How Laughter got me Through the Lockdown

Humour helped the country cope with one of the strictest lockdowns in the world. In his latest column for The Hindustan Times, with the assumption that this is the end of lockdown, Karan Thapar looks at lockdown lingo, aphorisms and Lav Agarwal.

Now we, in India, are a lot kinder than the Brits. We only make fun of our government in private. In public or in print, we say the nicest things. The Brits might admire Boris Johnson in private but in public they call him Bojoker. So here’s a satirical collection of statements illustrating how the British interpreted the confused and mangled advice Bojoker’s government thrust at them.

Labour Laws and the Muffled voices of 93%

In the context of several BJP ruled states suspending labour laws, Suraj Yengde, in his column for The Indian Express, looks how the labour class is being denied their social security in the time of coronavirus. He adds that labour classes, many of whom died on the highways, are mostly Dalits and Adivasis.

Historically, labour laws were never fully implemented by private firms. The organised sector managed to surpass regulations by hiring workers without contract while the babus sniffed the favours. So the problem that we are staring at right now is about India’s 93% labour force that is beyond the ambit of formal legal labour protection.

Sentinel on the qui vive

“Over the years, the Supreme Court, like any other institution and like in any other country, stumbled on occasion, but quickly lifted itself, dusted the sand, and strode like a colossus,” writes P Chidambaram in his column for The Indian Express. He writes that the Supreme Court’s resolve will be tested repeatedly in the coming days, and it is essential that it remains unflinching.

Chief Justice Patanjali Sastri, speaking for a Constitution Bench of five judges, wrote: “If, then, the courts in this country face up to such important and none too easy task, it is not out of any desire to tilt at legislative authority in a crusader’s spirit, but in discharge of a duty plainly laid upon them by the Constitution. This is especially true as regards the ‘fundamental rights’ as to which this Court has been assigned the role of a sentinel on the qui vive.”

Quarantine: An Excuse for Autocracy?

Rudraneil Sengupta, in his article for The Hindustan Times, sheds light on the draconian quarantine rules at various government sports facilities, where players are not even allowed to run on the track. Some of India’s top athletes have been confined to their room even though institutes like SAI are secure environments, he writes.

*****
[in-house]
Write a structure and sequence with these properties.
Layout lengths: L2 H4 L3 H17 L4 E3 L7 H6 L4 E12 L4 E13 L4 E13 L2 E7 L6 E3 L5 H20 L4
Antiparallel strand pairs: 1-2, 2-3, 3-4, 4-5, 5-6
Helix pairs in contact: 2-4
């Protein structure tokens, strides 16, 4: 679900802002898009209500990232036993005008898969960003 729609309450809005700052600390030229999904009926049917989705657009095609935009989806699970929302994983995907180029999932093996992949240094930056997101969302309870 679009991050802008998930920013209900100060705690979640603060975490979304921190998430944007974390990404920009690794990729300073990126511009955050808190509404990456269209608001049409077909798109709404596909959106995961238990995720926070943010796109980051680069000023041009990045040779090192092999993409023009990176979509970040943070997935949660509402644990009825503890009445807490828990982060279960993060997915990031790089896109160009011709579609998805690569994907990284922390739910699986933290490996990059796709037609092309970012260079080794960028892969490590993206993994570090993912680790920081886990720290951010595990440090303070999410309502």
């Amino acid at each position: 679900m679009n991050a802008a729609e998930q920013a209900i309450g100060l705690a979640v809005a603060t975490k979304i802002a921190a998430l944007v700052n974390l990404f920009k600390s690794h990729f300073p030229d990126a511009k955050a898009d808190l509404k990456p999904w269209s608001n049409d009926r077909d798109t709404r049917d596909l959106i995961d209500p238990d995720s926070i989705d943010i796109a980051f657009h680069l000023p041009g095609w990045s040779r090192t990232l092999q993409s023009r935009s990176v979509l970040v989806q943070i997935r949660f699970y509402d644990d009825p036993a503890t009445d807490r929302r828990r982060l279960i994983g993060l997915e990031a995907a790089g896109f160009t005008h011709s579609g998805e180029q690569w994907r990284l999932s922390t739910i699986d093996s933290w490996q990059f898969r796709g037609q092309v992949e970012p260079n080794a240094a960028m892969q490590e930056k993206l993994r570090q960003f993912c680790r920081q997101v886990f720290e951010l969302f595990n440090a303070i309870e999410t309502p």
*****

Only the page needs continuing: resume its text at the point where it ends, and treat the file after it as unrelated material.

Perhaps our sports administrators are unaware that muscles weaken when there is no input from exercise. Muscle memory — another term for the sport-specific skills that athletes work so hard to acquire — begins to fade. Cardiovascular fitness goes even quicker than muscle strength, dropping by as much as a quarter in the space of four weeks, without training.

So what Exactly Does China Want? It’s not Conflict, but Concessions

As the world looks at a post-COVID, US-led alliance where India would play a significant role, China wants to send a strong message. In his column for The Times of India, Probal Dasgupta writes that China is looking at tactical gains over India than gaining physical territory.

Since 2000s, border protocols set in place have enabled India and China to resolve multiple standoffs. Its interesting that more number of standoffs have occurred after agreement on protocols, which means both countries are aware of the levers to pull back from the edge. The standoff in Ladakh may look grave and the increase in Chinese troops, said to be in thousands, has sparked frenzied commentary. China could convert this into a dispute with a long standoff that deflects global attention. At worst, it can end in a local skirmish, but it’s not expected to turn into a large-scale conflict. At this stage, with the world at its throat, China simply can’t afford war.